REVIEW OF COURT DECISIONS - Dispute Resolution Journal - Vol. 55, No. 3
Originally from Dispute Resolution Journal
A district court in Illinois held that an electronic agreement containing an arbitration clause satisfied the “writing” requirement for an enforceable arbitration agreement under the Federal Arbitration Act.
Users of Realnetworks, Inc.’s internet site download certain software after accepting the terms of a license agreement appearing on their computer screen. This agreement calls for the application of Washington law and for disputes to be submitted to arbitration in the state of Washington. In an earlier decision the court granted Realnetworks’ motion to stay the plaintiffs’ class action and compelled arbitration. In this case, the court rejected an intervener’s contention that the arbitration clause was unenforceable because, inter alia, it did not constitute an agreement in writing.
The court noted that dictionary definitions of the term “written” do not exclude representations of language on other media and that electronic communications can be letters or characters that record or communicate ideas and can represent words and letters as well as form the conveyance of meaning. This led the court to conclude that “the word ‘written’ does not exclude all electronic communications,” but it did not hold that all electronic agreements are written.
Next, the court found that because the electronic contract at issue was easily printable and storable, it satisfied the requirement of a written agreement for purposes of the FAA. The fact that Realnetworks did not provide a “print” and “save” button on the pop-up license agreement window did not alter its conclusion because there were other ways to print the agreement. The court observed that recent Congressional discussions about electronic communications did not evidence Congressional intent in 1925 to exclude electronic communications from the FAA.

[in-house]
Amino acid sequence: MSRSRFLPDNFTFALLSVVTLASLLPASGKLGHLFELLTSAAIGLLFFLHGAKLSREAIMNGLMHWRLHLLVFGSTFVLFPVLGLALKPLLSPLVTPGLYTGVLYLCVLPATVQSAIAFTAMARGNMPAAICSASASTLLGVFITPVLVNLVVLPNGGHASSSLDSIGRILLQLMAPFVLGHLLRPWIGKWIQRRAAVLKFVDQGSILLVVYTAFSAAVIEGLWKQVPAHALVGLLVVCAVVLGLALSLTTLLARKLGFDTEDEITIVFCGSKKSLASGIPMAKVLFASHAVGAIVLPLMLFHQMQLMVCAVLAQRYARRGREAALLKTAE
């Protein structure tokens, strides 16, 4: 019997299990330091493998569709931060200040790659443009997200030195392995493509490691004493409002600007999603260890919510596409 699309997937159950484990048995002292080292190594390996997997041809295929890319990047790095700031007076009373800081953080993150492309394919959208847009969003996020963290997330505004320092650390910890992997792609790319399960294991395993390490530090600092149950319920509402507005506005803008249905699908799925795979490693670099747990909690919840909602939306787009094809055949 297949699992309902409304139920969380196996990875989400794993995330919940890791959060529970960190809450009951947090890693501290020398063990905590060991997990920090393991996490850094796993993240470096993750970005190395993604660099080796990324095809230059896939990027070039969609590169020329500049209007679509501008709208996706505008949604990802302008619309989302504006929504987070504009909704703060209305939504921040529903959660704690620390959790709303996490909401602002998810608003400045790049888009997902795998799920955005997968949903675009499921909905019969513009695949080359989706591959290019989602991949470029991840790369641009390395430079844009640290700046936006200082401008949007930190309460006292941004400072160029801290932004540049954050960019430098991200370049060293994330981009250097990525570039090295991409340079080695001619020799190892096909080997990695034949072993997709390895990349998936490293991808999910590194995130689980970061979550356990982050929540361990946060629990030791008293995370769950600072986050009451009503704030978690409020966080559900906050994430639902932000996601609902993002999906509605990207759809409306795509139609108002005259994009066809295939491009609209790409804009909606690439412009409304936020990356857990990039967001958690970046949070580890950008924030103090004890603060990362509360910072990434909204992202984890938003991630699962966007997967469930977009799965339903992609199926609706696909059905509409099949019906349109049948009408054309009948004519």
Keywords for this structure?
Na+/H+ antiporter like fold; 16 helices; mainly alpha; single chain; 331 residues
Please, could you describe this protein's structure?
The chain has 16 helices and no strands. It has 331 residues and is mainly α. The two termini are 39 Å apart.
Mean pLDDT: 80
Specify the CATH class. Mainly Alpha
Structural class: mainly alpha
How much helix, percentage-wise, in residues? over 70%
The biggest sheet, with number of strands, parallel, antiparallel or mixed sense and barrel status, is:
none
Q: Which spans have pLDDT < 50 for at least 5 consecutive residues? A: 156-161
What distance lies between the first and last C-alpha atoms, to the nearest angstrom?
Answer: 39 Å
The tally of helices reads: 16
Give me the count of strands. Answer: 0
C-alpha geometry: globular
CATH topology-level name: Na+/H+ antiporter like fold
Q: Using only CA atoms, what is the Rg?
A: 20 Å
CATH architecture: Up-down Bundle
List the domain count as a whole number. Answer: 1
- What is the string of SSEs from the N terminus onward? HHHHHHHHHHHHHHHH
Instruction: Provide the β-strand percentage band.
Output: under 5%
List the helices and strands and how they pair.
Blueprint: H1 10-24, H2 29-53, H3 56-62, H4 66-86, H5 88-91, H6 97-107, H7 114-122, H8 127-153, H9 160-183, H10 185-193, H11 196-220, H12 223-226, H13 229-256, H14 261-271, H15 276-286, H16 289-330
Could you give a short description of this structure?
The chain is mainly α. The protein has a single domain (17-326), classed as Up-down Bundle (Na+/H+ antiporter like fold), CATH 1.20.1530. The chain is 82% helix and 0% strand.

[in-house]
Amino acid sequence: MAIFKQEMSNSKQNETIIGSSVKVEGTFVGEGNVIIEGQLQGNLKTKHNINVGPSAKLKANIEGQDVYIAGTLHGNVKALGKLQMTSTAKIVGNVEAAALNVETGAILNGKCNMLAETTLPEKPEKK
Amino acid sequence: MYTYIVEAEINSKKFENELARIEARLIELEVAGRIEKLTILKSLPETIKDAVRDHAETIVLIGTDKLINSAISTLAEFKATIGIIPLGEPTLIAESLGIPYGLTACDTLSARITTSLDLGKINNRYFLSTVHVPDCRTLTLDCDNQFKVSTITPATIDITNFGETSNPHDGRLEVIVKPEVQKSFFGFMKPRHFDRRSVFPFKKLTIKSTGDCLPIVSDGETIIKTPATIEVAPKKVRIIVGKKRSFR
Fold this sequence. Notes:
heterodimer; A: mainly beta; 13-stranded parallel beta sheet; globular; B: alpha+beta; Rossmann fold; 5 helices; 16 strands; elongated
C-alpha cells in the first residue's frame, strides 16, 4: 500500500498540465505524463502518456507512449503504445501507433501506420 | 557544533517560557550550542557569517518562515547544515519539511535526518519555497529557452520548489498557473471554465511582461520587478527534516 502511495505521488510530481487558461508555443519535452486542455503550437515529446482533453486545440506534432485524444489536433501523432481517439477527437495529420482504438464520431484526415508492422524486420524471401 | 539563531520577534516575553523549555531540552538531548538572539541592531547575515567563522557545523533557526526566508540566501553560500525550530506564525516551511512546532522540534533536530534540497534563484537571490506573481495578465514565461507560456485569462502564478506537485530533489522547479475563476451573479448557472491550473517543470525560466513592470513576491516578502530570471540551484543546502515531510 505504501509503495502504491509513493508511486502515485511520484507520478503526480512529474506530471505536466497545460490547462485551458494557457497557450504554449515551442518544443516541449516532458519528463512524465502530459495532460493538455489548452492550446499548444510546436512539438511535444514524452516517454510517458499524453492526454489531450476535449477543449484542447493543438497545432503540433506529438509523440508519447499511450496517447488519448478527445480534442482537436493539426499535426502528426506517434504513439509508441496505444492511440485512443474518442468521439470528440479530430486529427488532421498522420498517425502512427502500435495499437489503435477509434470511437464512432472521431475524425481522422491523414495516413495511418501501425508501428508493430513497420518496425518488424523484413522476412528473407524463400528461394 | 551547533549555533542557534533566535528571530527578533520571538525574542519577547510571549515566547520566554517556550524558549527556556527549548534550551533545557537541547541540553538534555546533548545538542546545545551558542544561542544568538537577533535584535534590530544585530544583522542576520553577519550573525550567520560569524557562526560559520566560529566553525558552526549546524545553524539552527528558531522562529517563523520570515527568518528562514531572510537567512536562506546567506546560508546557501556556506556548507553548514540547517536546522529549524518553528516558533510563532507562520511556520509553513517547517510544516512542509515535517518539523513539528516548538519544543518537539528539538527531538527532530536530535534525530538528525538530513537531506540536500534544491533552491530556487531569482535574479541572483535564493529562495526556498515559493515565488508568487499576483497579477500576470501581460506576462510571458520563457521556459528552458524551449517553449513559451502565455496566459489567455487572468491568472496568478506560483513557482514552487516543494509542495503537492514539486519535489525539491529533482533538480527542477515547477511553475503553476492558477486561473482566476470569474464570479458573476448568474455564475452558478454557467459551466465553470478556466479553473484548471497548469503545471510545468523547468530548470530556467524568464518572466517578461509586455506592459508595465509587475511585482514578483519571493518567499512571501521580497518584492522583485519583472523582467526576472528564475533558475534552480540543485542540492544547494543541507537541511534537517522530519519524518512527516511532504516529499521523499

The plaintiffs argued that 9th Circuit decisional law applied, not 7th Circuit case law, relying on the provision consenting “to jurisdiction in the state and federal courts in Washington.” But the court found this was a forum-selection clause, not an express choice-of-law clause designating 9th Circuit decisional law.
Plaintiffs argued the arbitration clause was procedurally unconscionable because it was buried in the license agreement and substantively unconscionable because it designated a distant forum. And did not allow class arbitration the court found that the arbitration clause was not buried in the license agreement since it was in the same size font as the rest of the contract and was in an attention-getting spot at the end of the agreement. Moreover, the user could scroll through the license agreement all day and thus had a reasonable opportunity to understand the arbitration clause.
The court held that the distant forum, lack of class arbitration and the potential arbitration costs did not render the clause substantively unconscionable.
In re Realnetworks, Inc. Privacy Litigation, No. 00 C1366 2000 WL 631341 (N.D. Ill.)